Sophie Gladstone - You may also like
WORDS BY IZABELA RADWANSKA ZHANG
It began with a portrait of the girl with short blonde hair, staring into space with vacant eyes, habitually chewing on her lip. It seems as if time is passing her by to no end. “I call it anxious desire,” says Sophie Gladstone, who recently graduated with a BA in photography from Middlesex University. “The gormless and adoring expression - I thought it was quite an accurate representation of how we look at our screens.”
The feeling of mindless scrolling through social media platforms is all too familiar to the vast majority of us, wasting away hours of our days and nights. Staring at our phones and tablets, we are consumed by hundreds of images of trend-driven products, glamorous fashion, defined six packs and chic furniture and plant arrangements, which more often than not leave us feeling isolation, resentment and longing for things that we don’t have. “The desire to be better people and connect with others through social media has been corrupted by businesses capitalising on people’s misery,” says Gladstone. Her project, You may also like, is an illustration of just this.
With an interested in social issues, Gladstone set out to make a project about something that was relevant to the pressures of the present day. She became increasingly aware of her own torment with social media, “wanting to project this wonderful life to others - how healthy you are, how happy you are,” saying it became very “narcissistic,” and making her feel, “disconnected”. Looking to those around her, she found they were experiencing the same pressures - to buy more, to post more, to share more.
For example, the “smug” avocado, as Gladstone calls it, features prominently. Despite being around for years, the fruit has become a symbol of health, seen everywhere from toast toppings to t-shirt prints. A trend that was made popular by Instagram influencers, is now the go-to superfood screaming “if you eat well then you’re a good person,” says Gladstone. “Nobody cared about it before”.
Another image, a mould of a jaw full of teeth, is also representative. “Teeth are symbol of our healthy and wealth,” she says. “The upkeep and the diet is something you have to be able to afford.” The mould is Gladstone’s own - something she was given by her dentist after having a white cap placed onto a filling. Something purely functional she explains, “something that projects the illusion that I am well and happy”.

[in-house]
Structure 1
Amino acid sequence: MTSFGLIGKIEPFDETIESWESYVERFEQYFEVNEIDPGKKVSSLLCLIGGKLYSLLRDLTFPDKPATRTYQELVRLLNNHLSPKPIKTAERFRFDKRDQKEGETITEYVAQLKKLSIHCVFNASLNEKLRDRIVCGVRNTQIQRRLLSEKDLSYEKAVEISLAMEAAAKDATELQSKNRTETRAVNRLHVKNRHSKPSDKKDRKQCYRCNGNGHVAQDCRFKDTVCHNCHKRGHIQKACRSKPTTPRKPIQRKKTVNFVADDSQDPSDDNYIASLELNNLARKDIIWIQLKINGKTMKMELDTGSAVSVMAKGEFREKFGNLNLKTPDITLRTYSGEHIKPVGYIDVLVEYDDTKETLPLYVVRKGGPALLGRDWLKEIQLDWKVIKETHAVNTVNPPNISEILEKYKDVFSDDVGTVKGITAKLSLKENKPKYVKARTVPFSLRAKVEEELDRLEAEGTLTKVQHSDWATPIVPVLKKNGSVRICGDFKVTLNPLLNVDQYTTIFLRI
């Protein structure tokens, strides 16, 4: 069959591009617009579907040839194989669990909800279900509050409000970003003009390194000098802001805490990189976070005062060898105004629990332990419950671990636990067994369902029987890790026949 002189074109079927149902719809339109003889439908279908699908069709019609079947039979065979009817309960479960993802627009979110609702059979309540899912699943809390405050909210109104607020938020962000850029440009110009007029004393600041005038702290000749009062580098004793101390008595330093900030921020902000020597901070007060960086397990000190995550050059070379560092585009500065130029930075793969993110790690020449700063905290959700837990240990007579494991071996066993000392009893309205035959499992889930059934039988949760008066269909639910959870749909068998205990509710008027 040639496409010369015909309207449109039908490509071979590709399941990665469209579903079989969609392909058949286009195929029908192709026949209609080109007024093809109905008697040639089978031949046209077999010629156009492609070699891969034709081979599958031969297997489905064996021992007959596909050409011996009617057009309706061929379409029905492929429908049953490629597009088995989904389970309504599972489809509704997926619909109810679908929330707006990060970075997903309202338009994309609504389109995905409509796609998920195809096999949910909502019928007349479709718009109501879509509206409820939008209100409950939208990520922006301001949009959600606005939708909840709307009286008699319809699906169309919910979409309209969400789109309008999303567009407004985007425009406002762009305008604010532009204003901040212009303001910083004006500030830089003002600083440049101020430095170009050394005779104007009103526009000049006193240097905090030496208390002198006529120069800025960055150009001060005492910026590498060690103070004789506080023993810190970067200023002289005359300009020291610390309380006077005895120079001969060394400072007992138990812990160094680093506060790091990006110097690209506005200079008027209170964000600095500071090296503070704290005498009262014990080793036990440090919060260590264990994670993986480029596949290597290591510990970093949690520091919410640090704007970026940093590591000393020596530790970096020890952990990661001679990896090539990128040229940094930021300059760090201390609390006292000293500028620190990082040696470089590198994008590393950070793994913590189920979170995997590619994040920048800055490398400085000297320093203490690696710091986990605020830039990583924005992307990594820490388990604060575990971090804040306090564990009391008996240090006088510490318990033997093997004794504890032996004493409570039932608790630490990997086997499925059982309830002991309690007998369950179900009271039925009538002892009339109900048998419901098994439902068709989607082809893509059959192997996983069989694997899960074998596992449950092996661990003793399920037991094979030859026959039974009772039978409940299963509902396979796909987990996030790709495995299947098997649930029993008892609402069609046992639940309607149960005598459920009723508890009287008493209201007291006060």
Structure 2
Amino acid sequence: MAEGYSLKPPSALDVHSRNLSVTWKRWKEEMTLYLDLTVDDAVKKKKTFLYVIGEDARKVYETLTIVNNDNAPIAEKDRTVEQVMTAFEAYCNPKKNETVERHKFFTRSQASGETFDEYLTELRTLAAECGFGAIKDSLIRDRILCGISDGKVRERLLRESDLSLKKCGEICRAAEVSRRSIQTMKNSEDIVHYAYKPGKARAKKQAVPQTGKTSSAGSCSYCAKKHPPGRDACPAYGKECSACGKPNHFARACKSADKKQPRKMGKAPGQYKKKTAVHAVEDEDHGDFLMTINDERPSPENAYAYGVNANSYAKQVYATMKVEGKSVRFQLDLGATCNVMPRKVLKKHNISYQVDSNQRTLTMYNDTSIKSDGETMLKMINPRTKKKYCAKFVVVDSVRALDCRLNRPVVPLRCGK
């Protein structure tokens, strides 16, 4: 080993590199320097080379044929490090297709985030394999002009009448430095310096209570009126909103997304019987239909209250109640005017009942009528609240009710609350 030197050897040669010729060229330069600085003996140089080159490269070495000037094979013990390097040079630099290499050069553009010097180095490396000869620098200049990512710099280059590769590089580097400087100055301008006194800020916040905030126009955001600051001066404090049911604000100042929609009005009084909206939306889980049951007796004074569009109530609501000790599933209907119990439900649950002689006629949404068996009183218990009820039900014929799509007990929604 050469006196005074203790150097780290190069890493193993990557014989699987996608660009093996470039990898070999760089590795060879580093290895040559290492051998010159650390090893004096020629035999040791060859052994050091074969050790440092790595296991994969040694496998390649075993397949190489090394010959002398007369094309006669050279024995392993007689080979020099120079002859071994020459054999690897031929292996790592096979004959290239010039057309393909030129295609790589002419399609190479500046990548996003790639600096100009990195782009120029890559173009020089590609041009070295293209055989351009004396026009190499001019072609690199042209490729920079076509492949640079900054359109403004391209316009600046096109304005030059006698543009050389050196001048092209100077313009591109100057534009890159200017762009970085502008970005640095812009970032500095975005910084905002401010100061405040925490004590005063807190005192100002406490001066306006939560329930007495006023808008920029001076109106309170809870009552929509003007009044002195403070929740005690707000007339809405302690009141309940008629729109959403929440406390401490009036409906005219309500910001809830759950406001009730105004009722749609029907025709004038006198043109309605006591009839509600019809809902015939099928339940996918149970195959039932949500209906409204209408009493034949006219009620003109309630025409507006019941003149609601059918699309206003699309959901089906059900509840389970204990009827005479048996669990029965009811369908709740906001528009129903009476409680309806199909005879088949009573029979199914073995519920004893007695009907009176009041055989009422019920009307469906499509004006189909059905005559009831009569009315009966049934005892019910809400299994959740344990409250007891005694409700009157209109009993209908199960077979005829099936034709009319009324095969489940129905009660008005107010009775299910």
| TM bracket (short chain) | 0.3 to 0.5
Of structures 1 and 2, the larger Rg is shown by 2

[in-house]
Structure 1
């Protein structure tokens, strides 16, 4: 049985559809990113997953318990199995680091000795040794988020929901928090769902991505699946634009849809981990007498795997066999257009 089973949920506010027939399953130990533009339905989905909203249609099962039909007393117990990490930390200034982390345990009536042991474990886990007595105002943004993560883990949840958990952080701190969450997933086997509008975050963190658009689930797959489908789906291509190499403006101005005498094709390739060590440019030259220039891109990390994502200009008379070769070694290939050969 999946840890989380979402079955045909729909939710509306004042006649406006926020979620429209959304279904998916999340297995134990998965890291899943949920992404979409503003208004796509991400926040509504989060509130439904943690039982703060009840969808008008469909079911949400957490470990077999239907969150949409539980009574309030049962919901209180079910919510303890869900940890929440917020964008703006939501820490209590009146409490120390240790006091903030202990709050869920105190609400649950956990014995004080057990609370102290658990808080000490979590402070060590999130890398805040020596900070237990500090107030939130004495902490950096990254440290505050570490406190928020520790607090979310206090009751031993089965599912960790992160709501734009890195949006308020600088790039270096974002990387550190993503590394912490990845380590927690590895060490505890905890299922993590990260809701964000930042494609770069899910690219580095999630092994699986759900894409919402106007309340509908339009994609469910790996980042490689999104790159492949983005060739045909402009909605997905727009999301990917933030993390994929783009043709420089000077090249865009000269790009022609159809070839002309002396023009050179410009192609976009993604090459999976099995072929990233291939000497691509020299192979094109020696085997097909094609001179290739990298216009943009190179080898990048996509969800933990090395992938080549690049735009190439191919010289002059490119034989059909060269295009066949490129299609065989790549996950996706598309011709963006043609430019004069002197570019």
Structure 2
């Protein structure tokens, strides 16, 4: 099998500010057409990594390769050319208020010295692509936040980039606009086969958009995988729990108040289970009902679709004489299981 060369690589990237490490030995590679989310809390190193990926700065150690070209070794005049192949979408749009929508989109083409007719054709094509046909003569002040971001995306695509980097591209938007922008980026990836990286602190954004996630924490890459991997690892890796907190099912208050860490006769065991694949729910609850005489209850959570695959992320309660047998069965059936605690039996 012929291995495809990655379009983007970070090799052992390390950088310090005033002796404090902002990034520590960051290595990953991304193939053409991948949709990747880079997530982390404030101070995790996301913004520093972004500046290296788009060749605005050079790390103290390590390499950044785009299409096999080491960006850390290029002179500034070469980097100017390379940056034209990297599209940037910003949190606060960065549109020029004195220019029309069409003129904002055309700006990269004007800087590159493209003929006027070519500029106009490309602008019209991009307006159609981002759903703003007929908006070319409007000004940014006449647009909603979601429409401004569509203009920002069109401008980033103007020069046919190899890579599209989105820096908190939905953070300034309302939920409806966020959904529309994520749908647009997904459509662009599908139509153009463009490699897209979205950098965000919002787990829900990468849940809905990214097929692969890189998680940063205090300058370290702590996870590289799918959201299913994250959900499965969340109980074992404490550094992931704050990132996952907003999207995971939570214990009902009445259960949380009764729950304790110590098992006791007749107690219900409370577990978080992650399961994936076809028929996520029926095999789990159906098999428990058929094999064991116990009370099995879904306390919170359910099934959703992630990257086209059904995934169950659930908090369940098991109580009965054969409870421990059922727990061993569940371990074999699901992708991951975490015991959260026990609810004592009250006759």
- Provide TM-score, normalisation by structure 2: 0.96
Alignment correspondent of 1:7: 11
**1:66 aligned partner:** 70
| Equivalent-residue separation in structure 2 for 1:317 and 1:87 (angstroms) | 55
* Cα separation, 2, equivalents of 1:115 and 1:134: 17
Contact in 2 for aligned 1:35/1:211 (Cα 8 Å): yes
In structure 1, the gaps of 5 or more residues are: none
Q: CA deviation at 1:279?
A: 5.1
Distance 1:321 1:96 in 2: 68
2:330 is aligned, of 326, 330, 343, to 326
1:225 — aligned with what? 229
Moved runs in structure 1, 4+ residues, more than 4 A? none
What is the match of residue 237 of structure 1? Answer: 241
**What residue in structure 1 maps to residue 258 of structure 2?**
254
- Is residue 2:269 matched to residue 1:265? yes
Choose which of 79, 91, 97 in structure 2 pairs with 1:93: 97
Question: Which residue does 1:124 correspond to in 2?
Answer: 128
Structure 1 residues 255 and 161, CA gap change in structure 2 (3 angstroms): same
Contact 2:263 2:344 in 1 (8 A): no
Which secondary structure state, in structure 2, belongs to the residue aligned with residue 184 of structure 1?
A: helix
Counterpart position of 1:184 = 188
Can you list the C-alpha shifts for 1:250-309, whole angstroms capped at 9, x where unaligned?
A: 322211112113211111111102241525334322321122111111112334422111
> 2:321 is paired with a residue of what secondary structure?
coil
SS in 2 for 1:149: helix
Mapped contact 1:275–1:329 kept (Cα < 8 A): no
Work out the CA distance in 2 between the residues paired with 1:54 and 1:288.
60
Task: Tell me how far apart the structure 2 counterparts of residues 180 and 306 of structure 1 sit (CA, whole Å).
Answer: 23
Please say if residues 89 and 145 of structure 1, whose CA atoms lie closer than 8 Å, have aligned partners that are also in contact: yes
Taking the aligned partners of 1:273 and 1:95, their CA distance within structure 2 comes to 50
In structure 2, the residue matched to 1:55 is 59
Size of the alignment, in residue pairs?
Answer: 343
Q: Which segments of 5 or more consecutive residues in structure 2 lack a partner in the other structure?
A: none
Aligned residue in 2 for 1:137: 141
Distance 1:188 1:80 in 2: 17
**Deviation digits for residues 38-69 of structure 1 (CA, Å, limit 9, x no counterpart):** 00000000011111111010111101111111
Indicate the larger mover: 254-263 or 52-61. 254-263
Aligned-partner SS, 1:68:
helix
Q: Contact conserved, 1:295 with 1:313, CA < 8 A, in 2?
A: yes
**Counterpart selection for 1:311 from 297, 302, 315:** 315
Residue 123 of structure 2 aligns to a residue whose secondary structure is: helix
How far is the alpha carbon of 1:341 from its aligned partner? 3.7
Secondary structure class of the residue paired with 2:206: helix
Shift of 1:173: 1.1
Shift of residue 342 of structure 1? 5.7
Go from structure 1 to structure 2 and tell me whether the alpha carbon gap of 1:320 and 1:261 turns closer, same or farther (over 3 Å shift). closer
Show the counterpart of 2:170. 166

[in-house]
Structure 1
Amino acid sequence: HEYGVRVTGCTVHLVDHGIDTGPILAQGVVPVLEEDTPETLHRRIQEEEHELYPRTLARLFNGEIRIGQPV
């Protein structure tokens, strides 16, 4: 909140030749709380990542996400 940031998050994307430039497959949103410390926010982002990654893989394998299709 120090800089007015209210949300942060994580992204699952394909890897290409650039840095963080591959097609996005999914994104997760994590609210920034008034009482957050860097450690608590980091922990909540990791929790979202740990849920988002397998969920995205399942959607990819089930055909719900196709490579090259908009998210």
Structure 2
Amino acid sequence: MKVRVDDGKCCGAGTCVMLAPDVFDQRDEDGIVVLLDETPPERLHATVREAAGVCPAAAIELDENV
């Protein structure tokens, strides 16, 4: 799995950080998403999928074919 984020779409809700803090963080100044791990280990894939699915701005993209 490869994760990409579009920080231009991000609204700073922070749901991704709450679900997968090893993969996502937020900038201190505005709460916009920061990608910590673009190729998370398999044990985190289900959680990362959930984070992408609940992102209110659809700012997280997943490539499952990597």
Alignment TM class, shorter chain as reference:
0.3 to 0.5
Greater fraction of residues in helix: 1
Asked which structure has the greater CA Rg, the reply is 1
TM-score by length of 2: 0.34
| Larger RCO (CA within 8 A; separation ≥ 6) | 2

Making the project was a lesson in itself, with the photographer gaining a new perspective over the abundance of the issue. She understands that it isn’t just women, for example, and that these issues extend far beyond wanting to be thin and attractive. “There’s not any member of society that isn’t told that their status couldn’t be better,” she says. “The tools are different, the way it is communicated is different and the things are different, but the message that you’re not good enough is universal.”
While Gladstone doesn’t deny the useful functions of platforms such as Instagram - the facilitation of communication and research for example, there is also the undeniable business model where money is generated off the back of people’s insecurities. Nevertheless, being more mindful of these problems has given the photographer a renewed confidence that “people aren’t just accepting it anymore, which is exciting. We are thinking about how we could move in another direction, and feel better about ourselves, rather than crushed.” She adds: “I hope the work evokes something that allows people to recognise something and be a bit less harsh on themselves, because everyone is affected by it.”